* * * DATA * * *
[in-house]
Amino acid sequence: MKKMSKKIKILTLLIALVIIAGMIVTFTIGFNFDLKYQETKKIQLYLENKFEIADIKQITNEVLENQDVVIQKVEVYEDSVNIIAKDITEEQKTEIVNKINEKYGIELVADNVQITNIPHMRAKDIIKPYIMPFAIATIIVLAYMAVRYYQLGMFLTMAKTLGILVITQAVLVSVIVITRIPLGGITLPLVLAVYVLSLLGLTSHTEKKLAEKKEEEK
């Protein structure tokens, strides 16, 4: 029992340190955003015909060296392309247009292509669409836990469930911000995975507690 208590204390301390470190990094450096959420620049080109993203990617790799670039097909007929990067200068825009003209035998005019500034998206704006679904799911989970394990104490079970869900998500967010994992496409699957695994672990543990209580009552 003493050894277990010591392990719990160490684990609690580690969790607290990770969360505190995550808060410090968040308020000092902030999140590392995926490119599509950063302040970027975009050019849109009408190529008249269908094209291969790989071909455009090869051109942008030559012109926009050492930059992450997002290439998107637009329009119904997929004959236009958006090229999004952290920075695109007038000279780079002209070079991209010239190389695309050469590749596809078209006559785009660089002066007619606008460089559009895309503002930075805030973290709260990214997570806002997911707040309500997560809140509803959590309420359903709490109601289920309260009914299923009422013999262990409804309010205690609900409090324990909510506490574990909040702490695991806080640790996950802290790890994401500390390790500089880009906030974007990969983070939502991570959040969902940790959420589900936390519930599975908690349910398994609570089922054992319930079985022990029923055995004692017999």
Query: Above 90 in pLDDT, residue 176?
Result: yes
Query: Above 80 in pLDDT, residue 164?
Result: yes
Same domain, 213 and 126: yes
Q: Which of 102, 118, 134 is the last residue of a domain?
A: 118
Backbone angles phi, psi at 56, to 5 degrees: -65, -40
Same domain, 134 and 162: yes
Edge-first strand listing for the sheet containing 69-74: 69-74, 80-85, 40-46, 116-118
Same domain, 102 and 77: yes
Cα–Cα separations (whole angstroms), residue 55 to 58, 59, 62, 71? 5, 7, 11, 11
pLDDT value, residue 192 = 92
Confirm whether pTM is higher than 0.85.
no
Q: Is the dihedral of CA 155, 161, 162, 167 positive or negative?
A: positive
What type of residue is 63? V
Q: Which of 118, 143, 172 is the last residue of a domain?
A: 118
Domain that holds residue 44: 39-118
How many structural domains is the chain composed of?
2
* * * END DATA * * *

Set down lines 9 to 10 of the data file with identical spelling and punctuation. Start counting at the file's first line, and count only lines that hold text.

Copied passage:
Q: Which of 102, 118, 134 is the last residue of a domain?
A: 118